Lance Armstrong has officially announced his retirement from competitive cycling, saying that he wishes to devote his time to his family and continue his work with the LiveStrong cancer foundation.

“Today, I am announcing my retirement from professional cycling in order to devote myself full-time to my family, to the fight against cancer and to leading the foundation I established before I won my first Tour de France,” said Armstrong in a press statement issued on Wednesday.

“In 2009, I returned to professional cycling with the LiveStrong Global Cancer Campaign to raise awareness of the toll taken by this disease.

“We’ve come a long way in two years, spurring new investments, strengthening partnerships with the cancer community and beginning to ease the stigma faced by millions of survivors.

“I’m humbled and grateful for the outpouring of support our campaign and our partners received. But we have a long way to go. Cancer is now the world’s leading cause of death and for 28 million of us, survivorship is a daily fact of life,” Armstrong continued.

“My focus now is raising my five children, promoting the mission of LiveStrong, and growing entrepreneurial ventures with our great corporate partners in the fight against cancer.”

Armstrong’s last outing at an international cycle race was at the Tour Down Under, Australia, in January for the RadioShack team he founded in 2010.

It was rumoured that Armstrong would ride the Tour of California in May, but from his latest statement it appears that the Texan has quit cycling for good.

Armstrong is currently at the centre of an on-going investigation by the US Food and Drink Administration into doping during his career as a result of allegations made by former US Postal team-mate Floyd Landis.

Earlier, Armstrong had said during an interview with Associated Press: “I can’t control what goes on in regards to the investigation, that’s why I hire people to help me with that.

“I try not to let it bother me and just keep rolling right along. I know what I know. I know what I do and I know what I did. That’s not going to change.”

Armstrong previously retired from cycling in July 2005, but made a comeback in January 2009. Asked about whether he regretted coming back from his first ‘retirement’, he said: “I can’t say I have any regrets. It’s been an excellent ride. I really thought I was going to win another Tour.”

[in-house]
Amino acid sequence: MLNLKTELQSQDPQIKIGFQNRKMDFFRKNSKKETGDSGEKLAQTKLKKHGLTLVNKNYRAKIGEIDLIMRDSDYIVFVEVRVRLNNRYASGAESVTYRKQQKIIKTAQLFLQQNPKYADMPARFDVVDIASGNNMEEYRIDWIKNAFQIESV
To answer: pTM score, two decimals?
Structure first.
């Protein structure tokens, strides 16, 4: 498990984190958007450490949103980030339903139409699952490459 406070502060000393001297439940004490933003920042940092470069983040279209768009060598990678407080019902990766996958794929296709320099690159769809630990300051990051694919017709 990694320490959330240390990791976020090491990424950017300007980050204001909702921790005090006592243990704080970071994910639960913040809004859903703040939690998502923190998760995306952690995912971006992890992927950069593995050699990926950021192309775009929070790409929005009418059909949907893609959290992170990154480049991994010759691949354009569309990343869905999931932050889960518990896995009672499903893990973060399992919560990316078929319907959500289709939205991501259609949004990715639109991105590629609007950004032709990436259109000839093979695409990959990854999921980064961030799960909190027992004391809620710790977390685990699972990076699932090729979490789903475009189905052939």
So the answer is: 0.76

“Then I lined up like everybody else and wound up third.”

Armstrong won the Tour de France on seven occasions: 1999, 2000, 2001, 2002, 2003, 2004 and 2005. He won the world championship road race in 1993.

Related links



Armstrong unconcerned about doping investigation



Armstrong case heads into New Year: Wires and European trips



Armstrong investigation arrives in Europe



Armstrong’s team mate Popovych testifies he did not witness doping



Armstrong’s team-mate Popovych summonsed in doping investigation



Landis unlikely to stand trial for hacking says manager



Landis admits he doped and implicates others

 

 

  • Mike

    No, but it seems you can fool most of the people most of the time.

    Cant wait to see the back of him.
    Now we can get back to racing, without all the doublespeak and self promotion.

    Glad to see the back of him.

  • Ian Trendell

    So many negative comments!! Love him or hate him, he has still done alot to raise the profile of cycling and doing alot with LAF. Yes ok so he’s made a mint himself, but would’nt we all given the opportunity?
    Thats why we all go out to work, earning a crust. Sure, he’ll still be involved with Cycling somewhere for many years to come. Shame the 8th win was’nt achievable. You can’t please everyone………….

  • mark

    I see the armstrong haters are out in force again,give the guy a break,he has put cycling in the public eye more than any other rider and his work for cancer awareness can only be a good thing.

  • Rich

    Good news

  • barry davies

    Dont think its the last we have seen of him, he cannot stay away from the lime -lite, and you can bet his best mate Mcquaid will have a nice little earner for him.

  • sheldon Howcroft

    More to do with drugs I think.He was never going to win another Tour.

  • Ken Evans

    More comebacks than Frank Sinatra.

    He might as well have stayed retired,
    for all the impact he has made in his comeback races.

  • PeterLB

    So Lance got that one last big payment from the Adelaide govt. and then pedaled off in to the sunset. Does anyone else think it’s all been about his wallet?